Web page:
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Sparse Representation (new!)

Sparse Representation of photometric redshift PDFs [1] is a novel technique to represent and store these PDFs in an efficient way without losing resolution or information. It works by creating a over determined dictionary of basis with Gaussian and Voigt profiles which cover the redshift space for several values for the center and width for these distributions. Usually we create less than 2^16 bases so we can represent them using 16 bits integers. By using an Orthogonal Matching Pursuit algorithm we look to minimize the number of bases used, without repetition, and the coefficients for each base can be also represented using another 16 bits integer. In this way, we can represent a PDF using only 32-bits integers per base when only 10-20 bases is necessary.

A single four-byte integer scheme to store a single basis function in the sparse representation method. The first sixteen bits store the coefficients (including sign), while the second sixteen bits store the location of the bases in the dictionary.


A illustration of the bases used in the dictionary, each shaded region is composed by several functions of different widths, those colored shaded regions are full of bases. In a real dictionary the spacing between these functions is much tighter (~200 points in the redshift range)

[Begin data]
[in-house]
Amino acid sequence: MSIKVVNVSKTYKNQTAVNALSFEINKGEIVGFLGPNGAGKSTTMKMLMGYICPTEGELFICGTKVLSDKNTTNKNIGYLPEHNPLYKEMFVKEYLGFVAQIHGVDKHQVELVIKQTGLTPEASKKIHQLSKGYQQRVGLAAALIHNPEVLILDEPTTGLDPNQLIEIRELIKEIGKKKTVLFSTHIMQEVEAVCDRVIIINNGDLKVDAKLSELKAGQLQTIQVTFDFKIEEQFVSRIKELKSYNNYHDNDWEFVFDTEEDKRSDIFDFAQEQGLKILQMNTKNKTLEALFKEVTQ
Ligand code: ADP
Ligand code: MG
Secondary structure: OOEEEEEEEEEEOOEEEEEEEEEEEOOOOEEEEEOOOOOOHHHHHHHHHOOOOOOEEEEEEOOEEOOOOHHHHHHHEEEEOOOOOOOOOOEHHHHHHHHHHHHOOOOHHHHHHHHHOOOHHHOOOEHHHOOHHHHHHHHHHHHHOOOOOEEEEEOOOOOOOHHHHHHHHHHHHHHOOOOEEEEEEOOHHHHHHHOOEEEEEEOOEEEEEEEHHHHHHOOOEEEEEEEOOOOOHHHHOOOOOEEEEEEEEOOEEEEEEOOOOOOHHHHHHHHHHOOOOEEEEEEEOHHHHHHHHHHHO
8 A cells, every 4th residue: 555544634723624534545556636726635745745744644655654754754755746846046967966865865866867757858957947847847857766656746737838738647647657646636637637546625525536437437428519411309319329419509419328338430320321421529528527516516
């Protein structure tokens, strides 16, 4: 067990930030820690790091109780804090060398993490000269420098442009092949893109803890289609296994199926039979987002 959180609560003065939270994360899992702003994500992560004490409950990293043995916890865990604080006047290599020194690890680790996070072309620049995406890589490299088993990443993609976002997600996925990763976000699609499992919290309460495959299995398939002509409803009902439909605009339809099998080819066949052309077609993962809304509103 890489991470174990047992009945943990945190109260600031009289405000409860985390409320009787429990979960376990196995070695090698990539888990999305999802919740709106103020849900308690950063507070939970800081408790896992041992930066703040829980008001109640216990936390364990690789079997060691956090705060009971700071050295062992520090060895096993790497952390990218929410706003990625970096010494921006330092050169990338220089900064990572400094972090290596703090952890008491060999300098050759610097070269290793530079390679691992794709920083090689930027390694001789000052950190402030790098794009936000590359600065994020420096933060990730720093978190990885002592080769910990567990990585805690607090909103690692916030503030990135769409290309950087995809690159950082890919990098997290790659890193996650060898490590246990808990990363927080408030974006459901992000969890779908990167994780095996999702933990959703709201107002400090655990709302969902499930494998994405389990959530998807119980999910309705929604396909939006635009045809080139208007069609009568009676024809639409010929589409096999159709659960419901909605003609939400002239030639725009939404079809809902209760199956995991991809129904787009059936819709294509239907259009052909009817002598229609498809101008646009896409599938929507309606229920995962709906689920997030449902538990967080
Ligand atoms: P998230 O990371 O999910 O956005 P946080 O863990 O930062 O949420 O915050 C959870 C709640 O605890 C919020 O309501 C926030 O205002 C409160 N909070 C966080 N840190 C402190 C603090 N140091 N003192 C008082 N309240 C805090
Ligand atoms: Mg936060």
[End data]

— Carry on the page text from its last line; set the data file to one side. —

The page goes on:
The number of bases and parameters depend strongly on the data based used, the module pdf_storage contains most of the functions used to make the representation, for more information check our Sparse represenation paper

Github Repo

This implementation is an stand-alone program and here is the Github repo for more info (Link)

Example Case

Based on our previous example on the SDSS data. we have added additional keys on the ref:input-file, including a key for computing the sparse representation. If this key is set to yes then MLZ will run longer but it will produce a fits file with the extension .Psparse.fits which have all information necessary on its header and have the representation for each galaxy, to visualize an example, type:

$ ./plot/plot_sparse test/SDSS_MGS.inputs 0

where a random galaxy will be displayed as well as the bases used. An example is shown below. To get a specific galaxy just add an extra argument at the end with the galaxy id, like:

$ ./plot/plot_sparse test/SDSS_MGS.inputs 0 100

Which will display the 100th galaxy from the sample.

_images/ex_sp0.png _images/ex_sp1.png


[1]Carrasco Kind, M., & Brunner, R. J., 2014, “Sparse Representation of Photometric Redshift PDFs: Preparing for Petascale Astronomy”, MNRAS, 441, 3550 (Link)

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